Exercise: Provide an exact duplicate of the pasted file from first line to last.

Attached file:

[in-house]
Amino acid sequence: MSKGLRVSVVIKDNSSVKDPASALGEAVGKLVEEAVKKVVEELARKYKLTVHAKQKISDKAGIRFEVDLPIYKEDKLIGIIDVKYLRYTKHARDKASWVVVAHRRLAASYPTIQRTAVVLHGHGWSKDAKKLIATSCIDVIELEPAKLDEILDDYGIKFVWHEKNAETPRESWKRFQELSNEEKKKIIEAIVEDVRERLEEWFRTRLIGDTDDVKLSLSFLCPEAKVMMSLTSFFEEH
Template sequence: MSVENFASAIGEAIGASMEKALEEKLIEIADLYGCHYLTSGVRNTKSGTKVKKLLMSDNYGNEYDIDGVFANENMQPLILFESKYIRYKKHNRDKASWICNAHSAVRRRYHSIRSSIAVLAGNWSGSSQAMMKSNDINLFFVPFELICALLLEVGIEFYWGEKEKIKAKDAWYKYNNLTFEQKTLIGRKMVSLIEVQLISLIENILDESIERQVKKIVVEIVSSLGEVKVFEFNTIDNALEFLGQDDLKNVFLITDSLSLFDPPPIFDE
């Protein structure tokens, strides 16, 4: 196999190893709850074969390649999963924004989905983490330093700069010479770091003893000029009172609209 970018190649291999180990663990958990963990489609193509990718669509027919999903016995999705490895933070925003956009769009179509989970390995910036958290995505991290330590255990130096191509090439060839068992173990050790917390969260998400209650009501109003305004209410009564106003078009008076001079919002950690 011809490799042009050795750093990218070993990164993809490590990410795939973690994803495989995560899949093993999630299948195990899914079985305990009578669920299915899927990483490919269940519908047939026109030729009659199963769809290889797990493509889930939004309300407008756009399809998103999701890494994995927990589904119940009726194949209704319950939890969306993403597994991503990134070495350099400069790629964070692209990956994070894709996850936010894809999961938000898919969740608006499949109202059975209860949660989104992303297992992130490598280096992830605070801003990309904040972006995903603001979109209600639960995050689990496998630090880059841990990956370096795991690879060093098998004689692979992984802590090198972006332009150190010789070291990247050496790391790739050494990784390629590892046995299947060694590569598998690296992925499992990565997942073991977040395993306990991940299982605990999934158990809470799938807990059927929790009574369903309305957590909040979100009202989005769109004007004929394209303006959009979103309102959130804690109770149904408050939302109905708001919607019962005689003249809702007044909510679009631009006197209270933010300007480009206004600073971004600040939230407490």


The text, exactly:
[in-house]
Amino acid sequence: MSKGLRVSVVIKDNSSVKDPASALGEAVGKLVEEAVKKVVEELARKYKLTVHAKQKISDKAGIRFEVDLPIYKEDKLIGIIDVKYLRYTKHARDKASWVVVAHRRLAASYPTIQRTAVVLHGHGWSKDAKKLIATSCIDVIELEPAKLDEILDDYGIKFVWHEKNAETPRESWKRFQELSNEEKKKIIEAIVEDVRERLEEWFRTRLIGDTDDVKLSLSFLCPEAKVMMSLTSFFEEH
Template sequence: MSVENFASAIGEAIGASMEKALEEKLIEIADLYGCHYLTSGVRNTKSGTKVKKLLMSDNYGNEYDIDGVFANENMQPLILFESKYIRYKKHNRDKASWICNAHSAVRRRYHSIRSSIAVLAGNWSGSSQAMMKSNDINLFFVPFELICALLLEVGIEFYWGEKEKIKAKDAWYKYNNLTFEQKTLIGRKMVSLIEVQLISLIENILDESIERQVKKIVVEIVSSLGEVKVFEFNTIDNALEFLGQDDLKNVFLITDSLSLFDPPPIFDE
């Protein structure tokens, strides 16, 4: 196999190893709850074969390649999963924004989905983490330093700069010479770091003893000029009172609209 970018190649291999180990663990958990963990489609193509990718669509027919999903016995999705490895933070925003956009769009179509989970390995910036958290995505991290330590255990130096191509090439060839068992173990050790917390969260998400209650009501109003305004209410009564106003078009008076001079919002950690 011809490799042009050795750093990218070993990164993809490590990410795939973690994803495989995560899949093993999630299948195990899914079985305990009578669920299915899927990483490919269940519908047939026109030729009659199963769809290889797990493509889930939004309300407008756009399809998103999701890494994995927990589904119940009726194949209704319950939890969306993403597994991503990134070495350099400069790629964070692209990956994070894709996850936010894809999961938000898919969740608006499949109202059975209860949660989104992303297992992130490598280096992830605070801003990309904040972006995903603001979109209600639960995050689990496998630090880059841990990956370096795991690879060093098998004689692979992984802590090198972006332009150190010789070291990247050496790391790739050494990784390629590892046995299947060694590569598998690296992925499992990565997942073991977040395993306990991940299982605990999934158990809470799938807990059927929790009574369903309305957590909040979100009202989005769109004007004929394209303006959009979103309102959130804690109770149904408050939302109905708001919607019962005689003249809702007044909510679009631009006197209270933010300007480009206004600073971004600040939230407490």